11 (MONOCHROME),  I think. I say, "I think" because, if I recall right, I
 was able to get a great display with the NEC VIDEO line hooked up to  the
 ST MONOCHROME pin mentioned above,  and had equally beautifully  displays
 with that line hooked up to any of the ST color lines.  To get the ST  to
 monochrome mode, I grounded ST pin 4 (MONOCHROME DETECT).

 The results were amazing to my eyes. No shadows, no ringings, and best of
 all,  truly adjustable video size with a screen considerably larger  than
 the SM124. Needless to say, I removed the OmniSwitch!

 I  was  so  shocked that this jewel worked  right  off,  that  I  stopped
 experimenting,  soldered the working wire combination to the ST plug  and
 was  up and running.  This monitor is really sweet and will work  on  the
 MAC, the Amiga, the ST, and the IBM. Its versatility speaks for itself at
 a price not that much more than the SM124.

    Question from Daniel.H...
 What happened when you tried the color lines without the mono detect?  Do
 you think there'd be some way to rig something that would grey-scale?

    Answer from Larry Rymal...
 Without the mono detect,  you lose sync. I went inside of the monitor and
 saw several clearly labeled pots for sync adjustments.  Well,  I regained
 sync,  but  the image was so large,  that it overlapped the edge  of  the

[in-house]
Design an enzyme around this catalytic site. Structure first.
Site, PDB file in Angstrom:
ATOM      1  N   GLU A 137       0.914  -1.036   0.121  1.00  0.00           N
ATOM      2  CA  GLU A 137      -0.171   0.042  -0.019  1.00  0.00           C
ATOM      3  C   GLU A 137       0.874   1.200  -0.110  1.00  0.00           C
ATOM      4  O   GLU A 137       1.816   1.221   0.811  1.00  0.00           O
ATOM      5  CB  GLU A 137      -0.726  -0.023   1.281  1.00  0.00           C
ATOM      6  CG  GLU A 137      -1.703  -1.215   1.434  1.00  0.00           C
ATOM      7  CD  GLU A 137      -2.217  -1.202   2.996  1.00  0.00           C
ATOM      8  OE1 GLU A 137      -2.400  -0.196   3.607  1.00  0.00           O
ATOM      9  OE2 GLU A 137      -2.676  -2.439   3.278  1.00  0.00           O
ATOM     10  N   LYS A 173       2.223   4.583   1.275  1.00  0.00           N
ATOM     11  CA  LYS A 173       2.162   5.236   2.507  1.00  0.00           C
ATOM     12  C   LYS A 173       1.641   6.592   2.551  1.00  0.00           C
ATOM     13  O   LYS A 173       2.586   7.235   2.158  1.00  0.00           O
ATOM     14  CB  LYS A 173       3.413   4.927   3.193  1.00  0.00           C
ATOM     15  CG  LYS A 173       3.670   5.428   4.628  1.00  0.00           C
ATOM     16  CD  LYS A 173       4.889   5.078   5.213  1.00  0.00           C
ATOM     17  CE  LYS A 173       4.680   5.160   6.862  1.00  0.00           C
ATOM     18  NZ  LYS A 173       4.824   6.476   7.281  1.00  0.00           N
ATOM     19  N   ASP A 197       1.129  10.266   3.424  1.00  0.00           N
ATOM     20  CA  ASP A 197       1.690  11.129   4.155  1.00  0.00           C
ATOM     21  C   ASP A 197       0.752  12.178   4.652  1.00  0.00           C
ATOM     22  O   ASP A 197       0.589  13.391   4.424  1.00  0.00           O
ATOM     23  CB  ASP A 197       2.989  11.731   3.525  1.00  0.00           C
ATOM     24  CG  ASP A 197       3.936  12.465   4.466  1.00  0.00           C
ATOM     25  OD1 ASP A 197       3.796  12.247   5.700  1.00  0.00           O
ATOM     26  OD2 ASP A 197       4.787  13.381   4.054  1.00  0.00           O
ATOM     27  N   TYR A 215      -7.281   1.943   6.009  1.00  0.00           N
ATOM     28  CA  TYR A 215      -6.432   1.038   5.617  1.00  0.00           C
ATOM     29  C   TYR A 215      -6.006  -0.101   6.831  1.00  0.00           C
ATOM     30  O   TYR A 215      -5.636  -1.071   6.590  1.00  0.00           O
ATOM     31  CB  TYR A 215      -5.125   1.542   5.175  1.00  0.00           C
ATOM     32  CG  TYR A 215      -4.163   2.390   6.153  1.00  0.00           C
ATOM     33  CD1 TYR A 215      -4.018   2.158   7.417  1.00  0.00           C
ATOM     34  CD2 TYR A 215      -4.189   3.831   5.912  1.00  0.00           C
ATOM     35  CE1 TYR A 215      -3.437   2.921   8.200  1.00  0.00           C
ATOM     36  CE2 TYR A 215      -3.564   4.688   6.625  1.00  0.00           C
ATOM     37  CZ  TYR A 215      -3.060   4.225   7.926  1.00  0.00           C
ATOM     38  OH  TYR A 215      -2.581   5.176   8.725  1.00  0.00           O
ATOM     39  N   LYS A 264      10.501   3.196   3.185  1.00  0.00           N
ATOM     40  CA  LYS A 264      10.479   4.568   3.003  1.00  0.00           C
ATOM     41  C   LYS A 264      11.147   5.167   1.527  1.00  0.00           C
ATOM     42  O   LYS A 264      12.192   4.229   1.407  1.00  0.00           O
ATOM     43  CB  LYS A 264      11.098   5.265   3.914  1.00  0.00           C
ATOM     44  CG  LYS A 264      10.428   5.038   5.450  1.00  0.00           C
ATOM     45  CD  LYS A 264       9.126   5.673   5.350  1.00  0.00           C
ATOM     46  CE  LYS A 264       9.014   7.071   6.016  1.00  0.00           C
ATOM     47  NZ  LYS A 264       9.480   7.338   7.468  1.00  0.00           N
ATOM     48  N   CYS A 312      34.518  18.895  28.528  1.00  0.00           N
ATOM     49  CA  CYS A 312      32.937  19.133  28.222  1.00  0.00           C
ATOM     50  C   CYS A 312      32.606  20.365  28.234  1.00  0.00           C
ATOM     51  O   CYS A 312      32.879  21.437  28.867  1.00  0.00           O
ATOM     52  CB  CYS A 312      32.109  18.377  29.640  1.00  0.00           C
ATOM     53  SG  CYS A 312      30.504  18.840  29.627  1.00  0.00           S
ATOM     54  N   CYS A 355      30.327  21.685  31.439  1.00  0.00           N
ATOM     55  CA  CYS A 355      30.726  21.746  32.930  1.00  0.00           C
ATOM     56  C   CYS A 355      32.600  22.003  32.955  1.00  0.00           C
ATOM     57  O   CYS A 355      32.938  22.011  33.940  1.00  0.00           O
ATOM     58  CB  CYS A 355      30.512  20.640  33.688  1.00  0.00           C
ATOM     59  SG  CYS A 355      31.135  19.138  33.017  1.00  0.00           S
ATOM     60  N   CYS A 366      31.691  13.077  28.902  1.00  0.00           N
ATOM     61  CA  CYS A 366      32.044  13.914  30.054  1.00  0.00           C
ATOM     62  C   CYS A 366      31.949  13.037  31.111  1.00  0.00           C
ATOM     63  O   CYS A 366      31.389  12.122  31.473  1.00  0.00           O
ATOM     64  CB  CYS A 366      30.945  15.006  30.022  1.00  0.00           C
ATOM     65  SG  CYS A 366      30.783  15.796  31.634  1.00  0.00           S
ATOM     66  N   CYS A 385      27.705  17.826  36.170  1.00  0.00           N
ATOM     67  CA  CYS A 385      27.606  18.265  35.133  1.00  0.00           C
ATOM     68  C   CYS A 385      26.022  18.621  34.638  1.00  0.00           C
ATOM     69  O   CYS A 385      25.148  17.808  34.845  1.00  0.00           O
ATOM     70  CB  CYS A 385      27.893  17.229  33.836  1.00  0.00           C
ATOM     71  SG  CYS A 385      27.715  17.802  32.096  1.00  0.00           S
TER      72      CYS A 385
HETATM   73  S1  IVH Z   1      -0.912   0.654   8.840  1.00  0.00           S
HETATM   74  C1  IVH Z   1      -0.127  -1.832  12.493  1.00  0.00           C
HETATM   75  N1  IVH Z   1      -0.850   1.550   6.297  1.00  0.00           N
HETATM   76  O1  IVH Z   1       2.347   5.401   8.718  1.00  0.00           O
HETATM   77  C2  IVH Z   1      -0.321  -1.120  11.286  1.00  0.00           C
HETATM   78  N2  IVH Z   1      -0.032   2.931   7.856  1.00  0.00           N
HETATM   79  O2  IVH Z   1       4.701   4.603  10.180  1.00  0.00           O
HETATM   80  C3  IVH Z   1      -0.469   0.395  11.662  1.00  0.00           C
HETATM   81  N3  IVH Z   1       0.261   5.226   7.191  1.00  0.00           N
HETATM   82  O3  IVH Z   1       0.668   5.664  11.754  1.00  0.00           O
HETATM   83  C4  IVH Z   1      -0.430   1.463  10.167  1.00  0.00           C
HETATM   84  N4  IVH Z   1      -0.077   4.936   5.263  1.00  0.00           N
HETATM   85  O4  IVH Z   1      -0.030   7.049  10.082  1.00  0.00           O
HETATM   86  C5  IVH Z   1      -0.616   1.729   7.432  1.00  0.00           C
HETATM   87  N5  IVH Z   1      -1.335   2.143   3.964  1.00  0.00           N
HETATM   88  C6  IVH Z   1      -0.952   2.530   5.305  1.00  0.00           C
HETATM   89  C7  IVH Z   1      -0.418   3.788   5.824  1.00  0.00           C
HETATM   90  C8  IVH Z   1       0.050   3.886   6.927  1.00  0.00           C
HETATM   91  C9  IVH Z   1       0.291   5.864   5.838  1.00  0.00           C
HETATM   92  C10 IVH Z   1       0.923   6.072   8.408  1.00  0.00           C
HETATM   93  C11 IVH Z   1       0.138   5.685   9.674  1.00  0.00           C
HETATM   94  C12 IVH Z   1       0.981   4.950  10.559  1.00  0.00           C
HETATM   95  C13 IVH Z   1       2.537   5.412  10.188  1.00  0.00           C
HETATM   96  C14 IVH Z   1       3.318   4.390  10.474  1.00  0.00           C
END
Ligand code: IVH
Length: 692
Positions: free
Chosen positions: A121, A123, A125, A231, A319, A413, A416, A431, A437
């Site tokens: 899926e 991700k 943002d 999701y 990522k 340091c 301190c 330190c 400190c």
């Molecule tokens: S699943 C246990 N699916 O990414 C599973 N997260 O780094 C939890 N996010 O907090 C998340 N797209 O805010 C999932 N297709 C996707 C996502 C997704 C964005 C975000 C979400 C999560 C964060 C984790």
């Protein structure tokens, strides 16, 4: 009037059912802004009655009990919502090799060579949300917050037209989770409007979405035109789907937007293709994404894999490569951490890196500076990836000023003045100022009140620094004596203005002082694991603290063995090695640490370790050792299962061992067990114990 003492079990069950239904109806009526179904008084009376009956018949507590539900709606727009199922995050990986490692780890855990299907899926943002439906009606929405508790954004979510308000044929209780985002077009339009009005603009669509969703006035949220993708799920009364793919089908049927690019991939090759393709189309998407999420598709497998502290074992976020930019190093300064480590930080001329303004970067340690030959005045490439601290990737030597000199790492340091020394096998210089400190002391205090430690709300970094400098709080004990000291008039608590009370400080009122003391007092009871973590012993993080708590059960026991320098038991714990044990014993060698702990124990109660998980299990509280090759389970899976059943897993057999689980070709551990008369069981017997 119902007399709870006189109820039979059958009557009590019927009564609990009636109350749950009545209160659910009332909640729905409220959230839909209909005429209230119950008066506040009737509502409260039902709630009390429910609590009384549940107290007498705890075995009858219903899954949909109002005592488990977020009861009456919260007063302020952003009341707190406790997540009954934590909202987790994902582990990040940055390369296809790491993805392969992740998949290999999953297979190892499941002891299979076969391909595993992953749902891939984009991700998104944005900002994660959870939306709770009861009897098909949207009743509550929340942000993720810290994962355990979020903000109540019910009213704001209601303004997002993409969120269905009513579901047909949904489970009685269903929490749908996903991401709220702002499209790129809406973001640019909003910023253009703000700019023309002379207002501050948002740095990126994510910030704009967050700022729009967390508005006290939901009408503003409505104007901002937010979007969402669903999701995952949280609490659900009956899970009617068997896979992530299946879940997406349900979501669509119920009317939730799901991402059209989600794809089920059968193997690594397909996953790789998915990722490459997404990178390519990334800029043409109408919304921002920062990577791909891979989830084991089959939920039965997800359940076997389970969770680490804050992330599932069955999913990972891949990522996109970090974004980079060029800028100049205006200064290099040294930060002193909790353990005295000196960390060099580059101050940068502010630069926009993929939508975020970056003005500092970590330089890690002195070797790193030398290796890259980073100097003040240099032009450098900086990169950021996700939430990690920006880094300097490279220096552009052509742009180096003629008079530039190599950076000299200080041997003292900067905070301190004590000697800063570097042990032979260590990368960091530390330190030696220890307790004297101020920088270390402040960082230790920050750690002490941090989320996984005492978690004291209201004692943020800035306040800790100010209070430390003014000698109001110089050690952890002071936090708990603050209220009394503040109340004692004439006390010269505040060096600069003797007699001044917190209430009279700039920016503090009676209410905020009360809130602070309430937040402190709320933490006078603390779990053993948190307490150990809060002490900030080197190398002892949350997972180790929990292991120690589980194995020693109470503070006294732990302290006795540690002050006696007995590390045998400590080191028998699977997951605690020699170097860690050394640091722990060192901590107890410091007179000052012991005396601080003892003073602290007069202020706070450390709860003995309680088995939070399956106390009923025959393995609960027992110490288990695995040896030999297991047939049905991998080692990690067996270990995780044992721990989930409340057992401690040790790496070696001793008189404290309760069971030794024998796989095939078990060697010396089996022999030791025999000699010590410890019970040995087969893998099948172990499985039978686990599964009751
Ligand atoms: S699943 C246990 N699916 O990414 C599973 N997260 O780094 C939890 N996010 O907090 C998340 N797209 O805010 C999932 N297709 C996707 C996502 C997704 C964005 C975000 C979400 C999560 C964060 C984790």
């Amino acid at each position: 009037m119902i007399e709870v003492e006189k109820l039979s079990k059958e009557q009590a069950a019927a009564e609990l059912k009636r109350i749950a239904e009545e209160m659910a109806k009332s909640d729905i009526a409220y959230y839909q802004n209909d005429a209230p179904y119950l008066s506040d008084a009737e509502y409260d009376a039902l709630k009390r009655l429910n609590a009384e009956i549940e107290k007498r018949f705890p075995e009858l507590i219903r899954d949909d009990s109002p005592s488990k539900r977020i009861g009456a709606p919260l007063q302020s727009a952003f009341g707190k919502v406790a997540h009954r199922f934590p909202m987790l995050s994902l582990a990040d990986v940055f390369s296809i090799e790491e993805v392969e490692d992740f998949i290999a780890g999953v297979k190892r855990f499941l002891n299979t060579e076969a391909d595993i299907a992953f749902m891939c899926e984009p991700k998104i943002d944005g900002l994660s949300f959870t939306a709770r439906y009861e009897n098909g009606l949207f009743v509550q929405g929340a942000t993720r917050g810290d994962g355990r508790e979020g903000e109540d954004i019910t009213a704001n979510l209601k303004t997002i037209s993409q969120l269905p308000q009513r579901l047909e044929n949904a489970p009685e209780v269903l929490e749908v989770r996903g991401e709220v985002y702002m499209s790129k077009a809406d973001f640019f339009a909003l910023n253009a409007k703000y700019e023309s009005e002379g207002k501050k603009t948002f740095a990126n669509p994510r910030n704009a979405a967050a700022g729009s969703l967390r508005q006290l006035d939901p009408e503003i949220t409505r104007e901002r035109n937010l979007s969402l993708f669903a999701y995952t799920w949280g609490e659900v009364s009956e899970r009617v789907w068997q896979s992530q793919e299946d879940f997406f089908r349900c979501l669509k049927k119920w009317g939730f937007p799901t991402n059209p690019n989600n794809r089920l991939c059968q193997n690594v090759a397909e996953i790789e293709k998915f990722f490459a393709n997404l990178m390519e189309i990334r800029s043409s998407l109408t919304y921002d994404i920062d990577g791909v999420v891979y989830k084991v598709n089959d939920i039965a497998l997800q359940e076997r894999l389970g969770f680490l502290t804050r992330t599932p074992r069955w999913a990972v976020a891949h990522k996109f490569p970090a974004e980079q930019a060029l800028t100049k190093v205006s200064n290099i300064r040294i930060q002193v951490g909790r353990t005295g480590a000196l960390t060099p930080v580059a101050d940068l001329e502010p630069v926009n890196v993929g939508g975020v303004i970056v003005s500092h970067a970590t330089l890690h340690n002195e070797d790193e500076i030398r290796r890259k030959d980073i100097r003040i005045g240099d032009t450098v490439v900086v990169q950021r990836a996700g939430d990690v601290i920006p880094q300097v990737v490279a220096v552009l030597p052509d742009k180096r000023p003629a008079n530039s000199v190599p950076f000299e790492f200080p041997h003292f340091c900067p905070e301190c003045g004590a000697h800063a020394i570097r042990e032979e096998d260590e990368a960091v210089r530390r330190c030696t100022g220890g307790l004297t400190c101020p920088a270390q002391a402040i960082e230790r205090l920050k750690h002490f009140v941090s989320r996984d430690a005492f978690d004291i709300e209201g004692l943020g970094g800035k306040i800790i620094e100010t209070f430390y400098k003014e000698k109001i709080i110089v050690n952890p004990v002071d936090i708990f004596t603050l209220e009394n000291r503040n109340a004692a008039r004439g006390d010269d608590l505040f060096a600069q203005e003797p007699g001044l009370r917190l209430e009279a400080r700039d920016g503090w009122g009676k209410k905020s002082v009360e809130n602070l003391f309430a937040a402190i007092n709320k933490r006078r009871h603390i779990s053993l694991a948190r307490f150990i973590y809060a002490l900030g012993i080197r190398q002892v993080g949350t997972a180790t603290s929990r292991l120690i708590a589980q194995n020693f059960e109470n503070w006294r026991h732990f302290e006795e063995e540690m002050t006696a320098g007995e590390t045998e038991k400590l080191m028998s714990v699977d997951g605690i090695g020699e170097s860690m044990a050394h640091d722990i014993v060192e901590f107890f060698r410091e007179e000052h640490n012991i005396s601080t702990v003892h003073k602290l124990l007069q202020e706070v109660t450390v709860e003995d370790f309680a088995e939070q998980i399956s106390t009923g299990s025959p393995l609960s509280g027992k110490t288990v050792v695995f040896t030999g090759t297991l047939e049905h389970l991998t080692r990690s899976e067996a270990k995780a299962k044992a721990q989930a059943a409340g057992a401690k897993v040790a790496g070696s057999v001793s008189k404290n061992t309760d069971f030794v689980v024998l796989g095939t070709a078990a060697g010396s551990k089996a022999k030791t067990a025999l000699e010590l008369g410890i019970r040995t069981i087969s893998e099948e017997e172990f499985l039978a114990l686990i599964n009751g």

monitor's screen and just could not be adjusted...I restored the pots  to
 their original size and regained my beautiful paper-white ST  screen,  by
 the way.

 I  know absolutely nothing about IBMish grey-scale video cards,  but  I'd
 bet  that  color is converted to grey-scale prior to  reaching  the  line
 feeding  the monitor,  somehow--a luxury that we don't have on the  68000

 Until next week....



                           16 BIT COMPUTER FAIRE
                              LONDON, ENGLAND

 January  1991

 by Gordon Monnier

     I will give you a brief description of  what was  happening at  the 16
 bit computer  faire.   Atari people  in England  are the same as the Atari
 people in the US.  Scared and Worried.  Trying to figure out what the HECK
 Atari is  doing.   All the  Europeans have heard is that the ST is totally
 dead in the US and they can't figure out why its still  selling in Europe.
 Not as  good as  the Amiga  but "still  alive".  One figure I heard from a
 few people is that the Amiga is outselling the ST about 6-1 in England.